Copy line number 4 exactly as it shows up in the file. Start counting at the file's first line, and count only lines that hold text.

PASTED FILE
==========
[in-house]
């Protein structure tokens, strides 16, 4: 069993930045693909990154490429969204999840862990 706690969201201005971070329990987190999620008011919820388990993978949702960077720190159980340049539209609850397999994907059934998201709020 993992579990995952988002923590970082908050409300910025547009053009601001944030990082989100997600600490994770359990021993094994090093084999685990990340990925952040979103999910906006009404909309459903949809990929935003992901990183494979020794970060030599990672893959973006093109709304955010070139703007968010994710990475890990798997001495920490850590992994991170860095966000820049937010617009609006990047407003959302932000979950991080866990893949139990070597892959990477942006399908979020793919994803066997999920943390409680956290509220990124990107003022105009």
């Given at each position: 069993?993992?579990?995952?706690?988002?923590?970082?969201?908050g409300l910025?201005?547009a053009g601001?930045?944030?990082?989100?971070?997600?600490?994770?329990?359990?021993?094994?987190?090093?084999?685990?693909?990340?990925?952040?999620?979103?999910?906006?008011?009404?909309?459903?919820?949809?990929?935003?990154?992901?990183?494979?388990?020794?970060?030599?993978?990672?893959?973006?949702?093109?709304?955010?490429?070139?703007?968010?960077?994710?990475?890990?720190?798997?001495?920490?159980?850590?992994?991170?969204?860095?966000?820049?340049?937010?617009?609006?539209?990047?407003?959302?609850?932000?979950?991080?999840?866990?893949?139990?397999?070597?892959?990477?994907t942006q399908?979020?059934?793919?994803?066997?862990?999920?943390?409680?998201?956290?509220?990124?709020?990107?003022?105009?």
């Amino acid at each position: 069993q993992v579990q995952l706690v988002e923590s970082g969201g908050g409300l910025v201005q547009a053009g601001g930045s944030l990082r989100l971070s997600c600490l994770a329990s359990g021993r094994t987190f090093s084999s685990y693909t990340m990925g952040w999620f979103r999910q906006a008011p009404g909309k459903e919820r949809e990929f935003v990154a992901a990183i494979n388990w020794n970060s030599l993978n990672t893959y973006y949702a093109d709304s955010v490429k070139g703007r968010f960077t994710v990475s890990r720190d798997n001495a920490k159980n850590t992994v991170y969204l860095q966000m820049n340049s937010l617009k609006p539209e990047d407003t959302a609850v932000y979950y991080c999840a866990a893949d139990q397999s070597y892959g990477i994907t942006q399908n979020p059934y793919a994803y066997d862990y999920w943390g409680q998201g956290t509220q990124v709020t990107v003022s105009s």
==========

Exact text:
């Amino acid at each position: 069993q993992v579990q995952l706690v988002e923590s970082g969201g908050g409300l910025v201005q547009a053009g601001g930045s944030l990082r989100l971070s997600c600490l994770a329990s359990g021993r094994t987190f090093s084999s685990y693909t990340m990925g952040w999620f979103r999910q906006a008011p009404g909309k459903e919820r949809e990929f935003v990154a992901a990183i494979n388990w020794n970060s030599l993978n990672t893959y973006y949702a093109d709304s955010v490429k070139g703007r968010f960077t994710v990475s890990r720190d798997n001495a920490k159980n850590t992994v991170y969204l860095q966000m820049n340049s937010l617009k609006p539209e990047d407003t959302a609850v932000y979950y991080c999840a866990a893949d139990q397999s070597y892959g990477i994907t942006q399908n979020p059934y793919a994803y066997d862990y999920w943390g409680q998201g956290t509220q990124v709020t990107v003022s105009s």